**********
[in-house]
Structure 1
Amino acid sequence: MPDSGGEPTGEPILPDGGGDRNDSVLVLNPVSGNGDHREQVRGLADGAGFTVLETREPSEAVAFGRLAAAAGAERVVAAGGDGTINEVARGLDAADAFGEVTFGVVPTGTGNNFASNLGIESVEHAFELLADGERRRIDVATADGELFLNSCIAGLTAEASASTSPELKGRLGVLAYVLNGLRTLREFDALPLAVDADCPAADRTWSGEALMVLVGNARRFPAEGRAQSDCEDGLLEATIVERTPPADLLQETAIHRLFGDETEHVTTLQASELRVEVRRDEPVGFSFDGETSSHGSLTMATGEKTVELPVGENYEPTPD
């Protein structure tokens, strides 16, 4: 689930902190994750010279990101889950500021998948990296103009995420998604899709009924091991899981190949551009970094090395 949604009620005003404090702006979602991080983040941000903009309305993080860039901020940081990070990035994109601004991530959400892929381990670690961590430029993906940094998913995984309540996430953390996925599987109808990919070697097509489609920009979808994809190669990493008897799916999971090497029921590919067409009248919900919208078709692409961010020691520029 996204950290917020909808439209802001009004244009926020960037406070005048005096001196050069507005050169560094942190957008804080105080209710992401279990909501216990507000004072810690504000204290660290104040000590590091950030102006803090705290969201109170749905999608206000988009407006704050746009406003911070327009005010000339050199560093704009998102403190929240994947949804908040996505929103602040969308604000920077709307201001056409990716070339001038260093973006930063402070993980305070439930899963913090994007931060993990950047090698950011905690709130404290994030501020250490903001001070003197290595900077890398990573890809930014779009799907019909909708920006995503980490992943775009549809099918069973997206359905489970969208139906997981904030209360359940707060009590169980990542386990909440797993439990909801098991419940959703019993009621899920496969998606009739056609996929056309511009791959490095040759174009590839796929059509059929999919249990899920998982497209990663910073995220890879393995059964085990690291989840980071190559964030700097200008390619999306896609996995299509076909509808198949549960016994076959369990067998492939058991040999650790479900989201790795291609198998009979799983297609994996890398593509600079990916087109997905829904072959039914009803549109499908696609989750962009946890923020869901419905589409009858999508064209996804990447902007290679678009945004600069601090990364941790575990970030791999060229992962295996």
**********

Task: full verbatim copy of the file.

[in-house]
Structure 1
Amino acid sequence: MPDSGGEPTGEPILPDGGGDRNDSVLVLNPVSGNGDHREQVRGLADGAGFTVLETREPSEAVAFGRLAAAAGAERVVAAGGDGTINEVARGLDAADAFGEVTFGVVPTGTGNNFASNLGIESVEHAFELLADGERRRIDVATADGELFLNSCIAGLTAEASASTSPELKGRLGVLAYVLNGLRTLREFDALPLAVDADCPAADRTWSGEALMVLVGNARRFPAEGRAQSDCEDGLLEATIVERTPPADLLQETAIHRLFGDETEHVTTLQASELRVEVRRDEPVGFSFDGETSSHGSLTMATGEKTVELPVGENYEPTPD
């Protein structure tokens, strides 16, 4: 689930902190994750010279990101889950500021998948990296103009995420998604899709009924091991899981190949551009970094090395 949604009620005003404090702006979602991080983040941000903009309305993080860039901020940081990070990035994109601004991530959400892929381990670690961590430029993906940094998913995984309540996430953390996925599987109808990919070697097509489609920009979808994809190669990493008897799916999971090497029921590919067409009248919900919208078709692409961010020691520029 996204950290917020909808439209802001009004244009926020960037406070005048005096001196050069507005050169560094942190957008804080105080209710992401279990909501216990507000004072810690504000204290660290104040000590590091950030102006803090705290969201109170749905999608206000988009407006704050746009406003911070327009005010000339050199560093704009998102403190929240994947949804908040996505929103602040969308604000920077709307201001056409990716070339001038260093973006930063402070993980305070439930899963913090994007931060993990950047090698950011905690709130404290994030501020250490903001001070003197290595900077890398990573890809930014779009799907019909909708920006995503980490992943775009549809099918069973997206359905489970969208139906997981904030209360359940707060009590169980990542386990909440797993439990909801098991419940959703019993009621899920496969998606009739056609996929056309511009791959490095040759174009590839796929059509059929999919249990899920998982497209990663910073995220890879393995059964085990690291989840980071190559964030700097200008390619999306896609996995299509076909509808198949549960016994076959369990067998492939058991040999650790479900989201790795291609198998009979799983297609994996890398593509600079990916087109997905829904072959039914009803549109499908696609989750962009946890923020869901419905589409009858999508064209996804990447902007290679678009945004600069601090990364941790575990970030791999060229992962295996």